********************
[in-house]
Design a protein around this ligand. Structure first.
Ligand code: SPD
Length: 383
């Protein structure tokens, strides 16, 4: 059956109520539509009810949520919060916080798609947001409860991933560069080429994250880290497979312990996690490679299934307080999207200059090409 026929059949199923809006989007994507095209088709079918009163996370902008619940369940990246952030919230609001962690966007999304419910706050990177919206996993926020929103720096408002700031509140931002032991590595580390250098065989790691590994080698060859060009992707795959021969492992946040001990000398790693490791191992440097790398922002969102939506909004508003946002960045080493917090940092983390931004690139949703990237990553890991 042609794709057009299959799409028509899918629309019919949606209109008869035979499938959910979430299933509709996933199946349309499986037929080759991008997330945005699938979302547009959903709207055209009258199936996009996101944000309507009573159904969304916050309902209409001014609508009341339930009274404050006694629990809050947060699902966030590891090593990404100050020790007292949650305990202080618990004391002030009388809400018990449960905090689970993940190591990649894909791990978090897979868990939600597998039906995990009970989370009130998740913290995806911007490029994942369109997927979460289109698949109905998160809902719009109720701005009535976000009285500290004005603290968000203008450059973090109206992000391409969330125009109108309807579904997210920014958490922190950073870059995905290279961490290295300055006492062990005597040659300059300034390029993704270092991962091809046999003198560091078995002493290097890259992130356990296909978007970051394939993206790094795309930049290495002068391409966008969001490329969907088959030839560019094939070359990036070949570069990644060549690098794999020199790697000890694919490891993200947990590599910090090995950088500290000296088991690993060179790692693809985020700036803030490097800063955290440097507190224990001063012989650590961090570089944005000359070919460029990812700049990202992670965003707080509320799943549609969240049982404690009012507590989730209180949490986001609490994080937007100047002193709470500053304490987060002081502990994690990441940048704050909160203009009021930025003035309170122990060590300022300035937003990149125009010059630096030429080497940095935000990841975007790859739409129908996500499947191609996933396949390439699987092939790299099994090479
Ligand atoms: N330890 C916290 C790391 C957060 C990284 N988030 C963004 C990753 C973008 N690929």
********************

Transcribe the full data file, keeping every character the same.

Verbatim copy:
[in-house]
Design a protein around this ligand. Structure first.
Ligand code: SPD
Length: 383
């Protein structure tokens, strides 16, 4: 059956109520539509009810949520919060916080798609947001409860991933560069080429994250880290497979312990996690490679299934307080999207200059090409 026929059949199923809006989007994507095209088709079918009163996370902008619940369940990246952030919230609001962690966007999304419910706050990177919206996993926020929103720096408002700031509140931002032991590595580390250098065989790691590994080698060859060009992707795959021969492992946040001990000398790693490791191992440097790398922002969102939506909004508003946002960045080493917090940092983390931004690139949703990237990553890991 042609794709057009299959799409028509899918629309019919949606209109008869035979499938959910979430299933509709996933199946349309499986037929080759991008997330945005699938979302547009959903709207055209009258199936996009996101944000309507009573159904969304916050309902209409001014609508009341339930009274404050006694629990809050947060699902966030590891090593990404100050020790007292949650305990202080618990004391002030009388809400018990449960905090689970993940190591990649894909791990978090897979868990939600597998039906995990009970989370009130998740913290995806911007490029994942369109997927979460289109698949109905998160809902719009109720701005009535976000009285500290004005603290968000203008450059973090109206992000391409969330125009109108309807579904997210920014958490922190950073870059995905290279961490290295300055006492062990005597040659300059300034390029993704270092991962091809046999003198560091078995002493290097890259992130356990296909978007970051394939993206790094795309930049290495002068391409966008969001490329969907088959030839560019094939070359990036070949570069990644060549690098794999020199790697000890694919490891993200947990590599910090090995950088500290000296088991690993060179790692693809985020700036803030490097800063955290440097507190224990001063012989650590961090570089944005000359070919460029990812700049990202992670965003707080509320799943549609969240049982404690009012507590989730209180949490986001609490994080937007100047002193709470500053304490987060002081502990994690990441940048704050909160203009009021930025003035309170122990060590300022300035937003990149125009010059630096030429080497940095935000990841975007790859739409129908996500499947191609996933396949390439699987092939790299099994090479
Ligand atoms: N330890 C916290 C790391 C957060 C990284 N988030 C963004 C990753 C973008 N690929």